One of the most important preparedness tools you can have in your home or workplace is a National Oceanic and Atmospheric Administration (NOAA) weather radio. The NOAA Weather Radio All Hazards network is a nationwide system of radio transmitters that continuously broadcast weather information from the nearest National Weather Service office. These transmitters use specific radio frequencies that are reserved for them alone and don’t broadcast on normal commercial (AM/FM) frequencies. Conversely, normal commercial radios can’t receive these weather radio frequencies.
A NOAA weather radio is a radio receiver specifically made to be your link to this national weather forecasting and warning system. When set up properly, a weather radio can silently monitor the network for local alerts, then automatically switch itself on when the National Weather Service sends out a severe weather watch or warning for your area.
While older weather radios received every alert for an entire broadcast area, newer models can be programmed to alert you only if an alert affects a specific county. This cuts down the number of “false alarms” and ensures that every emergency alert is relevant to you personally. Depending on the model of radio, you may need to program it with a six-digit code identifying your home county and/or select a specific broadcast frequency. For Fayette County, the county code (“SAME code”) is 021067 and the frequency is 162.400.
Get One Today!
You can purchase a NOAA weather radio at most local groceries, pharmacies, and home goods retailers for about $30. DEM also holds giveaway drawings at many public events where we have an information booth, and weather radios are among the most common items we offer.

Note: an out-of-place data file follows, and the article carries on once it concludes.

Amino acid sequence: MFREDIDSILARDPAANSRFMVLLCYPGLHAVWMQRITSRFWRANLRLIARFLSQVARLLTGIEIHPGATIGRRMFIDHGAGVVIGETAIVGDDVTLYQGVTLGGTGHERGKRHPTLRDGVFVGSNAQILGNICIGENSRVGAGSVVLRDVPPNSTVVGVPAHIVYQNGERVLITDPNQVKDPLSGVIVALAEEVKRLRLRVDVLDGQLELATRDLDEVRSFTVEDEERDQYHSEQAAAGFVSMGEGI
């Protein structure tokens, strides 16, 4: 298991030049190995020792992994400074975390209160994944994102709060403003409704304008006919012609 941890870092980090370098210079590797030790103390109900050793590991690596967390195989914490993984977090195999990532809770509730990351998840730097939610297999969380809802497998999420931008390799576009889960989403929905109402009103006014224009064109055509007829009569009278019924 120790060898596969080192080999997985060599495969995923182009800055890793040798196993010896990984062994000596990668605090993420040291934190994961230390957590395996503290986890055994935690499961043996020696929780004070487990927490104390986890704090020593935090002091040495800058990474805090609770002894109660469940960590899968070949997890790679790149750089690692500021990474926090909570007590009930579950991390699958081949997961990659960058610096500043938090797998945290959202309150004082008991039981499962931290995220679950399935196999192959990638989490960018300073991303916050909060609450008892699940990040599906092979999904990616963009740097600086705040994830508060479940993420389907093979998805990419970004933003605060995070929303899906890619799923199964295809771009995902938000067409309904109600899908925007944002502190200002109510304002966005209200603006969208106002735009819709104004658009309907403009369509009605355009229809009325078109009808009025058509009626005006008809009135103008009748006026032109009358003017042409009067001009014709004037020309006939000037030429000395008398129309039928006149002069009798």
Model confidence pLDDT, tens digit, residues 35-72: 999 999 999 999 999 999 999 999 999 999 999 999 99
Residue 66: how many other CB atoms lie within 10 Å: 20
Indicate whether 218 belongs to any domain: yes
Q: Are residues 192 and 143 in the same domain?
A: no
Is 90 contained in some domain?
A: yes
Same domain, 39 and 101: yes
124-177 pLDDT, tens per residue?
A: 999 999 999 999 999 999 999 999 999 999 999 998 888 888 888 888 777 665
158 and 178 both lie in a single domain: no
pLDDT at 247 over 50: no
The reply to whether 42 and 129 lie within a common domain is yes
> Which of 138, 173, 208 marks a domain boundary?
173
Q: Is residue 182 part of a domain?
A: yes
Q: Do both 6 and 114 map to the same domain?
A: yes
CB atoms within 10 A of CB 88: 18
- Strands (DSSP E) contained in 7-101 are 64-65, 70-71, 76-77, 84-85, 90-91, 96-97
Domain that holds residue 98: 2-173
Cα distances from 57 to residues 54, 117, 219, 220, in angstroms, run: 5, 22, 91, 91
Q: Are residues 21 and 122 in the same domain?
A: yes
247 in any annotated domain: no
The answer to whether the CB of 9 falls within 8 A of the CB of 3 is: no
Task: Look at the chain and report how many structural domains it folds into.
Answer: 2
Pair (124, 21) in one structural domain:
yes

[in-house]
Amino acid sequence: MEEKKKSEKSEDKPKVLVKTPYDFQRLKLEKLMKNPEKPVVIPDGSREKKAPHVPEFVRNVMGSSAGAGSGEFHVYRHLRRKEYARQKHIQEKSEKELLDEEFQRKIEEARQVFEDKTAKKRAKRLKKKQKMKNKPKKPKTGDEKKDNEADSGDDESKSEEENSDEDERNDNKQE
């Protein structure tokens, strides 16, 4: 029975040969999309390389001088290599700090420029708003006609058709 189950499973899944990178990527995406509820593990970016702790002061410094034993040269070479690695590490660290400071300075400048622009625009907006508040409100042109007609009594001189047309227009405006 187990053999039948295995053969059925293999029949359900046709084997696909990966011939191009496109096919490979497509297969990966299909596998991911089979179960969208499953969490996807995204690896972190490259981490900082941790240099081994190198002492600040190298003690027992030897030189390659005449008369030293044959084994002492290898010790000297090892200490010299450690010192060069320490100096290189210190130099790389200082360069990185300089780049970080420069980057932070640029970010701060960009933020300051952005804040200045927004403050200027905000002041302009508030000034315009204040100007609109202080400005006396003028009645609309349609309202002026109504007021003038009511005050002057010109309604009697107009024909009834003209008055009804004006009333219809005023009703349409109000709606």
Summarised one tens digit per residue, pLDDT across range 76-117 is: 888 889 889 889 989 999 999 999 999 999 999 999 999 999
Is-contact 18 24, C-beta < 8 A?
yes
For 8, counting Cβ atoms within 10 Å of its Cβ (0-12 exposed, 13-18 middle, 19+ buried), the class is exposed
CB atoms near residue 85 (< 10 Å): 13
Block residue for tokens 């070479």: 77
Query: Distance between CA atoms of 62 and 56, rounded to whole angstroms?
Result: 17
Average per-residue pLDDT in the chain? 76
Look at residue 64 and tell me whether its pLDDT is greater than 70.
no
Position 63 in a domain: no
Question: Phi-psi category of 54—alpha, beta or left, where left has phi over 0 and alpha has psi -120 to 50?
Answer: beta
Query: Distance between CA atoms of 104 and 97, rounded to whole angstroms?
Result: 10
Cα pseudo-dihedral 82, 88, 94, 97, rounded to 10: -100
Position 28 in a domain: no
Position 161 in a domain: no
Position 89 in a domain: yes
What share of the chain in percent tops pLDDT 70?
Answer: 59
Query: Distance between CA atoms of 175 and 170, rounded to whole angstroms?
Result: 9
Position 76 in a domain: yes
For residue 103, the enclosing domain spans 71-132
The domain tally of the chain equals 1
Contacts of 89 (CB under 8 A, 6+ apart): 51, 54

You can contact us if you need assistance setting up your weather radio.
Once your weather radio is set up, be sure to change its backup batteries regularly. Most weather radios are designed to run off wall power under normal conditions, so rely on the backup batteries only during power outages.
See NOAA’s weather radio page for the current status of transmitters across the country.
If you need to program an older weather radio for a specific county or counties, refer to NOAA’s county-by-county listing of location codes.
If you know someone with a hearing impairment, see NOAA’s page on special-needs weather radios.
Disclaimer: The Lexington-Fayette Urban County Government and the LFUCG Division of Emergency Management do not endorse any goods or services mentioned in our blog posts, social media statements, press releases, or website content. Any mention of commercial products is for informational purposes only.